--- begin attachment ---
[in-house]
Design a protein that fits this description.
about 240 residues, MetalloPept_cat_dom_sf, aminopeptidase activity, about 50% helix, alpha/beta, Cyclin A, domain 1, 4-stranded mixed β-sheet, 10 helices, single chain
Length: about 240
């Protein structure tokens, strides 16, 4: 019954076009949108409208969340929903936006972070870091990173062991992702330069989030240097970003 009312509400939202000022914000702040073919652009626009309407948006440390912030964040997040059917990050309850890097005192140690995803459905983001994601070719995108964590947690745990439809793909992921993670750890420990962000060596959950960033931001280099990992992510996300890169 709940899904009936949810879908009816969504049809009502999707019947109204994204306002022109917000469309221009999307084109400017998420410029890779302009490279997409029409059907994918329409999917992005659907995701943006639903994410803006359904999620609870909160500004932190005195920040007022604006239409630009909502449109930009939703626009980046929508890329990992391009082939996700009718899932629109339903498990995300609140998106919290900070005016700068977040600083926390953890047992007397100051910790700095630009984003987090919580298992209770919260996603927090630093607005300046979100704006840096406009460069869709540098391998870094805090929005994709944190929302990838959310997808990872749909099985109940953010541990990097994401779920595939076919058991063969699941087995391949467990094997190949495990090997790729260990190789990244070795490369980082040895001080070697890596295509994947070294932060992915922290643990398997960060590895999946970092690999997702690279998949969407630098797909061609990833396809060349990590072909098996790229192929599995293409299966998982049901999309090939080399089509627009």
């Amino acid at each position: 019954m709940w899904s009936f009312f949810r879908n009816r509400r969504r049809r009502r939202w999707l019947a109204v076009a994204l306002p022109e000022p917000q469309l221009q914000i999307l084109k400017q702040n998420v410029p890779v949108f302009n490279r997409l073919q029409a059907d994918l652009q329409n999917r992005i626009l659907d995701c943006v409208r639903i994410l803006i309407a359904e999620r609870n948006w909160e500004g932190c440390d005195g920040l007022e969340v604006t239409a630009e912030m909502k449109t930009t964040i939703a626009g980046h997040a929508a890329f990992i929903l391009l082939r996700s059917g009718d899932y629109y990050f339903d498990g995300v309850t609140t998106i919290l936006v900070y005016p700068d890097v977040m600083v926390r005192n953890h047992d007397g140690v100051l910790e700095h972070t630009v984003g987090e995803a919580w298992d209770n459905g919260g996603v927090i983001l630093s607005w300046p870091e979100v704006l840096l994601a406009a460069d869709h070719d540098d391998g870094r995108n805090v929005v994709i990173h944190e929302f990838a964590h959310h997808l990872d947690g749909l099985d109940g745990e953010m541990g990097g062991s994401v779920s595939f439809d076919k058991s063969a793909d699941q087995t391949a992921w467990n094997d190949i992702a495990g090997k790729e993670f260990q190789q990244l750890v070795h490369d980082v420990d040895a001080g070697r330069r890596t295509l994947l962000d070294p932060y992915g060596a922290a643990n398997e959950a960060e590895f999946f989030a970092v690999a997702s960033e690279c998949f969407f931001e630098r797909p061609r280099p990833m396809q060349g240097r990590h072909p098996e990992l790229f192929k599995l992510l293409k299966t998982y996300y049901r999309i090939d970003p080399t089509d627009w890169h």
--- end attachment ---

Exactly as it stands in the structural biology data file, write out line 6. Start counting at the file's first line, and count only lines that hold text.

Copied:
């Amino acid at each position: 019954m709940w899904s009936f009312f949810r879908n009816r509400r969504r049809r009502r939202w999707l019947a109204v076009a994204l306002p022109e000022p917000q469309l221009q914000i999307l084109k400017q702040n998420v410029p890779v949108f302009n490279r997409l073919q029409a059907d994918l652009q329409n999917r992005i626009l659907d995701c943006v409208r639903i994410l803006i309407a359904e999620r609870n948006w909160e500004g932190c440390d005195g920040l007022e969340v604006t239409a630009e912030m909502k449109t930009t964040i939703a626009g980046h997040a929508a890329f990992i929903l391009l082939r996700s059917g009718d899932y629109y990050f339903d498990g995300v309850t609140t998106i919290l936006v900070y005016p700068d890097v977040m600083v926390r005192n953890h047992d007397g140690v100051l910790e700095h972070t630009v984003g987090e995803a919580w298992d209770n459905g919260g996603v927090i983001l630093s607005w300046p870091e979100v704006l840096l994601a406009a460069d869709h070719d540098d391998g870094r995108n805090v929005v994709i990173h944190e929302f990838a964590h959310h997808l990872d947690g749909l099985d109940g745990e953010m541990g990097g062991s994401v779920s595939f439809d076919k058991s063969a793909d699941q087995t391949a992921w467990n094997d190949i992702a495990g090997k790729e993670f260990q190789q990244l750890v070795h490369d980082v420990d040895a001080g070697r330069r890596t295509l994947l962000d070294p932060y992915g060596a922290a643990n398997e959950a960060e590895f999946f989030a970092v690999a997702s960033e690279c998949f969407f931001e630098r797909p061609r280099p990833m396809q060349g240097r990590h072909p098996e990992l790229f192929k599995l992510l293409k299966t998982y996300y049901r999309i090939d970003p080399t089509d627009w890169h």